Monday, March 19, 2012

Are Recipes Necessary?

So  Scotty Harris posted a tweet on Facebook by chef and prolific cookbook author Sara Moulton citing a question (s) - first posed during a panel discussion by respected food-blogger Carol Blymire- that I've been turning over in my mind for at least twenty years:
 "are recipes really necessary? do we need all that detail?"
It's pretty obvious to me now that the answer to these questions is "it depends." However, it was not always so obvious.

For the longest time I believed that recipes were only for novices and those who were too insecure to trust their memories and cooking skills. I believed that if you had a solid command of technique, a sound understanding of the physical properties of food and an ability to imagine how a dish will taste before you cook it, you could do away with written recipes and cook extemporaneously. Of course, I still believe this and, most of the time, that's exactly how I approach the process of cooking. I rarely look at recipes and don't buy or own very many cookbooks.*

However, there are many occasions when highly detailed written recipes are indispensable.

Recipes are essential in virtually any commercial context you can name. This is especially true in situations where the food is going to be mass-produced and where small variations in weight/color/shape/flavor can have big impacts on profits and customer experience. Imagine trying to produce 1000lbs of  hot dogs everyday, 5 days a week without a recipe and someone to check the quality of the output against the recipe template. Nuts. Even at the "artisan" level of commercial production it's important to work from recipes. Whenever I make a batch of sausage, I write a recipe for the batch -even if I have made the same thing a hundred times before. That way if I make any changes I'll be sure to remember what I did.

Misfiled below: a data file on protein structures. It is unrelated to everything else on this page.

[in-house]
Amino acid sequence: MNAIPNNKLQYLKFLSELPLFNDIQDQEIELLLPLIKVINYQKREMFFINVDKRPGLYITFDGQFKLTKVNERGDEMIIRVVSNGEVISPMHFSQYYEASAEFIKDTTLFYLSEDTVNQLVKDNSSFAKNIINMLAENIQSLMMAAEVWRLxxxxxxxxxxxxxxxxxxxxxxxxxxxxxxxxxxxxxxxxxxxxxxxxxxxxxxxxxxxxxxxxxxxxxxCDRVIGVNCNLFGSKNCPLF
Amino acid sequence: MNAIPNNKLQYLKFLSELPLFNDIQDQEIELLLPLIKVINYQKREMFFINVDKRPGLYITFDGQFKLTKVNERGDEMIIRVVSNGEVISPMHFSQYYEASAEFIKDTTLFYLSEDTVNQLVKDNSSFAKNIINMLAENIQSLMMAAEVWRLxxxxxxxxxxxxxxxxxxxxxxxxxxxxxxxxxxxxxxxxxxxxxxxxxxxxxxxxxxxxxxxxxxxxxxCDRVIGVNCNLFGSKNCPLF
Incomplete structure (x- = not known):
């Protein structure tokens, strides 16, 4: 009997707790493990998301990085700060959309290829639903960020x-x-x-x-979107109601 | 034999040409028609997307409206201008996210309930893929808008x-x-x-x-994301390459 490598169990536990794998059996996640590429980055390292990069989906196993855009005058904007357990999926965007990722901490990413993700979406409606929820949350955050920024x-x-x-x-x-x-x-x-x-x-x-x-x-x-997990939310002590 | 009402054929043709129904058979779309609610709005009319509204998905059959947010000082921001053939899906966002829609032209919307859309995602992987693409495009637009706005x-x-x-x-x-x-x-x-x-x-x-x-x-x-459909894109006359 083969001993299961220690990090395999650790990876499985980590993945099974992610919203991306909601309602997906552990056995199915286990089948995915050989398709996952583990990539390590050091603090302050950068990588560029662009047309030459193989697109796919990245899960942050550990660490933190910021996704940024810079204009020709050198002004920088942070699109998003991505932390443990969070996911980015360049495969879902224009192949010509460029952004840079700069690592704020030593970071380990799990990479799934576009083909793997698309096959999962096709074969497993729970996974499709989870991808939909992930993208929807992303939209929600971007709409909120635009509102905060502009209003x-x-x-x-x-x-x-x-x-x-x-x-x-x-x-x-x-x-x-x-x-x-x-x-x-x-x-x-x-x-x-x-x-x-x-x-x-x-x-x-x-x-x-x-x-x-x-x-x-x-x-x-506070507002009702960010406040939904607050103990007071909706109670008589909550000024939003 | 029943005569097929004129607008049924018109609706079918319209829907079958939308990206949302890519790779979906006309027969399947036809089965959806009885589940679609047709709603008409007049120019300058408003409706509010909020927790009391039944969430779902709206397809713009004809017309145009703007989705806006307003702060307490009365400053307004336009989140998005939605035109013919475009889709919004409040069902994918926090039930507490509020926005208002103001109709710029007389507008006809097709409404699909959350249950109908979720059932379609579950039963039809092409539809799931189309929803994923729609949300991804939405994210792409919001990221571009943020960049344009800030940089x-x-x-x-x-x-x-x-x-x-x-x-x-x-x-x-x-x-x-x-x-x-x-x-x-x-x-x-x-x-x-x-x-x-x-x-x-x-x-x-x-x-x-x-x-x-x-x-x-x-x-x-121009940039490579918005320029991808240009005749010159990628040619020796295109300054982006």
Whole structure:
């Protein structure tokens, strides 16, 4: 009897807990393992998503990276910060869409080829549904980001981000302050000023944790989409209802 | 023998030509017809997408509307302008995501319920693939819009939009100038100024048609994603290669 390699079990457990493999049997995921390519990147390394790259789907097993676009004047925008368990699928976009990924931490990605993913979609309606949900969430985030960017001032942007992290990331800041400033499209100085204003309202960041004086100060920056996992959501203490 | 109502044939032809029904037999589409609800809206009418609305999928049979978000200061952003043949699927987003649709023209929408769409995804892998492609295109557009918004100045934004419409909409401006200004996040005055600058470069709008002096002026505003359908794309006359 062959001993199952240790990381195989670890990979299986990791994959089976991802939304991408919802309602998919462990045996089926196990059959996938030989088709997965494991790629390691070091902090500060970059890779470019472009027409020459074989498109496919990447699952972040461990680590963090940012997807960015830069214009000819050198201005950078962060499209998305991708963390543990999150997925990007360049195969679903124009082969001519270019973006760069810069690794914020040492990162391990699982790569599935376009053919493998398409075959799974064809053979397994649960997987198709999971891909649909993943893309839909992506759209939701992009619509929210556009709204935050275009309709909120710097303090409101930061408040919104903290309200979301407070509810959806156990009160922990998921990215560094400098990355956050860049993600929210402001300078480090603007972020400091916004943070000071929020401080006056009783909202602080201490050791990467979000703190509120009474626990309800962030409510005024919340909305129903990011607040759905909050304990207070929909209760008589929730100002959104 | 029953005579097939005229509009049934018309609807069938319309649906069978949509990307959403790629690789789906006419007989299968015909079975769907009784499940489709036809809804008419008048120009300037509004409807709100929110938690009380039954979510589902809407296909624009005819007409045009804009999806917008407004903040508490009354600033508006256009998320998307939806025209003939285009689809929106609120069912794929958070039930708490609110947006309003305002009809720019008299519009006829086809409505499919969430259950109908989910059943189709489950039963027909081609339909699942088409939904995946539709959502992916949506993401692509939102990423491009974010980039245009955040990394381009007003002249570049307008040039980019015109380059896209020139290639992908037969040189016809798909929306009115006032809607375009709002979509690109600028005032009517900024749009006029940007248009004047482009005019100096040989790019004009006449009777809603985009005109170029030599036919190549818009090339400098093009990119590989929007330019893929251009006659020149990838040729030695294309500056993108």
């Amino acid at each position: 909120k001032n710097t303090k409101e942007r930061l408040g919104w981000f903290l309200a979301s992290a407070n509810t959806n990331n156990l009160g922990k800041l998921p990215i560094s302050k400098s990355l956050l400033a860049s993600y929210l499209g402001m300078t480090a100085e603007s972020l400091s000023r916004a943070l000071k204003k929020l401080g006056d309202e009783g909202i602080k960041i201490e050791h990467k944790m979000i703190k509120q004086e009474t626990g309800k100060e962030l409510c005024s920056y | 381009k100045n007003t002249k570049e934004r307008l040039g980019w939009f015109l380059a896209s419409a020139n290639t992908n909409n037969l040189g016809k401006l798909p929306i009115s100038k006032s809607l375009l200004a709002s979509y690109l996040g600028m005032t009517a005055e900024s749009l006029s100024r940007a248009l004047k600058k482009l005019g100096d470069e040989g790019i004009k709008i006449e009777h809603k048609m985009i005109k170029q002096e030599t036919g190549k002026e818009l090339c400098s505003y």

Perhaps it is needless to say that highly detailed recipes are EXTREMELY important to me in my consulting business.  I mean clients hire me to create products that they can reproduce. How is that going to happen if I don't give them an accurate recipe?

Anyone who puts together a restaurant menu without codifying the recipes for every dish is going to have serious problems controlling quality and costs. Unless you have a recipe for each menu item, you cannot calculate what it costs to produce the item nor can you accurately determine what to charge.  It's not necessary to have all your line cooks looking at recipes before they prep for service however, it is much tougher to train new hires if they don't have a recipe to guide them.

So yeah, there are most definitely times when recipes are absolutely essential. But yet I think that some of us would do well  to cook extemporaneously without bothering to look at a recipe or measure ingredients.  If you are at the point where you feel you know how most ingredients taste and change as they cook. And if you know how to all of the basic cook's tools and know all the basic cooking techniques, there really is no reason why you need to be anywhere near a recipe during most casual cooking activities.








 *I've been cooking since the age of 15 and have only managed to collect about sixty cookbooks in the intervening four decades.